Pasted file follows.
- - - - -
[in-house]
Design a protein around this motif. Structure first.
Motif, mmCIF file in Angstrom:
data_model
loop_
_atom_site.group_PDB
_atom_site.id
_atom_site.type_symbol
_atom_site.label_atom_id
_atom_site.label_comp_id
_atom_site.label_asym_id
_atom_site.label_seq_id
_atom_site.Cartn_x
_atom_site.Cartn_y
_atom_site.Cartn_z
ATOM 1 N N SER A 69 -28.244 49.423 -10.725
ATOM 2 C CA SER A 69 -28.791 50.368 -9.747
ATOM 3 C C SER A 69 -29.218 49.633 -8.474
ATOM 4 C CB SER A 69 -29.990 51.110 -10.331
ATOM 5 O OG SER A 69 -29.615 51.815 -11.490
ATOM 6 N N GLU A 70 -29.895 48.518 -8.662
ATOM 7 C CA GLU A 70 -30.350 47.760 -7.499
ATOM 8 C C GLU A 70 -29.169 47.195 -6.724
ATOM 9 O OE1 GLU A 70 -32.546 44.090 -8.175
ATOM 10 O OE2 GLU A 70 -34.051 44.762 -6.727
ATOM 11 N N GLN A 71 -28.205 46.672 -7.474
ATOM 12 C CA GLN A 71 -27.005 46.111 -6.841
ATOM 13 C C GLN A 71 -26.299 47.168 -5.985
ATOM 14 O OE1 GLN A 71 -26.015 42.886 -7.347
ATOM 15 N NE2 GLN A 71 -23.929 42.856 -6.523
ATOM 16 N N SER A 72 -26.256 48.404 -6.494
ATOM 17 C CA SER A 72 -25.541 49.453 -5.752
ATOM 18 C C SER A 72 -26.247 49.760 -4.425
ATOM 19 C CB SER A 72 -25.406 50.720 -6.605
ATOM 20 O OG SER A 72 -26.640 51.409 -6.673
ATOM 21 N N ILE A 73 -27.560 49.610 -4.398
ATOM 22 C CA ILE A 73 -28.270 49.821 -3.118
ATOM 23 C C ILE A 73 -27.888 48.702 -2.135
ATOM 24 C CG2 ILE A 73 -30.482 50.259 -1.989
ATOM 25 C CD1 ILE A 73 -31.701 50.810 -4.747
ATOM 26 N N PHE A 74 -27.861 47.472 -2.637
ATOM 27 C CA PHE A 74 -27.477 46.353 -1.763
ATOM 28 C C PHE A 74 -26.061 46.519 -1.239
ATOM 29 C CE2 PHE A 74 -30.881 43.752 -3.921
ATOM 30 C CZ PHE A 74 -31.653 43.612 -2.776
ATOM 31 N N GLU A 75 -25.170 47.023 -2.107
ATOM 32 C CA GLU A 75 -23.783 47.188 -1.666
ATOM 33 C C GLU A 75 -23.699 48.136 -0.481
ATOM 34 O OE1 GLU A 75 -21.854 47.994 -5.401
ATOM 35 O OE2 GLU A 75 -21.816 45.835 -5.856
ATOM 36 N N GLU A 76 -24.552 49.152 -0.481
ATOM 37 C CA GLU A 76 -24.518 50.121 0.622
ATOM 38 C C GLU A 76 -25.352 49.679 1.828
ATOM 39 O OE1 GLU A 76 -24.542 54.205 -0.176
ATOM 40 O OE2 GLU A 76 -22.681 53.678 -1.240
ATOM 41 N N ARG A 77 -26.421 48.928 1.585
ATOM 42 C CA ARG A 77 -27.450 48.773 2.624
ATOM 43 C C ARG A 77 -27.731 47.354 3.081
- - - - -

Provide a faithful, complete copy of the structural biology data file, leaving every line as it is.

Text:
[in-house]
Design a protein around this motif. Structure first.
Motif, mmCIF file in Angstrom:
data_model
loop_
_atom_site.group_PDB
_atom_site.id
_atom_site.type_symbol
_atom_site.label_atom_id
_atom_site.label_comp_id
_atom_site.label_asym_id
_atom_site.label_seq_id
_atom_site.Cartn_x
_atom_site.Cartn_y
_atom_site.Cartn_z
ATOM 1 N N SER A 69 -28.244 49.423 -10.725
ATOM 2 C CA SER A 69 -28.791 50.368 -9.747
ATOM 3 C C SER A 69 -29.218 49.633 -8.474
ATOM 4 C CB SER A 69 -29.990 51.110 -10.331
ATOM 5 O OG SER A 69 -29.615 51.815 -11.490
ATOM 6 N N GLU A 70 -29.895 48.518 -8.662
ATOM 7 C CA GLU A 70 -30.350 47.760 -7.499
ATOM 8 C C GLU A 70 -29.169 47.195 -6.724
ATOM 9 O OE1 GLU A 70 -32.546 44.090 -8.175
ATOM 10 O OE2 GLU A 70 -34.051 44.762 -6.727
ATOM 11 N N GLN A 71 -28.205 46.672 -7.474
ATOM 12 C CA GLN A 71 -27.005 46.111 -6.841
ATOM 13 C C GLN A 71 -26.299 47.168 -5.985
ATOM 14 O OE1 GLN A 71 -26.015 42.886 -7.347
ATOM 15 N NE2 GLN A 71 -23.929 42.856 -6.523
ATOM 16 N N SER A 72 -26.256 48.404 -6.494
ATOM 17 C CA SER A 72 -25.541 49.453 -5.752
ATOM 18 C C SER A 72 -26.247 49.760 -4.425
ATOM 19 C CB SER A 72 -25.406 50.720 -6.605
ATOM 20 O OG SER A 72 -26.640 51.409 -6.673
ATOM 21 N N ILE A 73 -27.560 49.610 -4.398
ATOM 22 C CA ILE A 73 -28.270 49.821 -3.118
ATOM 23 C C ILE A 73 -27.888 48.702 -2.135
ATOM 24 C CG2 ILE A 73 -30.482 50.259 -1.989
ATOM 25 C CD1 ILE A 73 -31.701 50.810 -4.747
ATOM 26 N N PHE A 74 -27.861 47.472 -2.637
ATOM 27 C CA PHE A 74 -27.477 46.353 -1.763
ATOM 28 C C PHE A 74 -26.061 46.519 -1.239
ATOM 29 C CE2 PHE A 74 -30.881 43.752 -3.921
ATOM 30 C CZ PHE A 74 -31.653 43.612 -2.776
ATOM 31 N N GLU A 75 -25.170 47.023 -2.107
ATOM 32 C CA GLU A 75 -23.783 47.188 -1.666
ATOM 33 C C GLU A 75 -23.699 48.136 -0.481
ATOM 34 O OE1 GLU A 75 -21.854 47.994 -5.401
ATOM 35 O OE2 GLU A 75 -21.816 45.835 -5.856
ATOM 36 N N GLU A 76 -24.552 49.152 -0.481
ATOM 37 C CA GLU A 76 -24.518 50.121 0.622
ATOM 38 C C GLU A 76 -25.352 49.679 1.828
ATOM 39 O OE1 GLU A 76 -24.542 54.205 -0.176
ATOM 40 O OE2 GLU A 76 -22.681 53.678 -1.240
ATOM 41 N N ARG A 77 -26.421 48.928 1.585
ATOM 42 C CA ARG A 77 -27.450 48.773 2.624
ATOM 43 C C ARG A 77 -27.731 47.354 3.081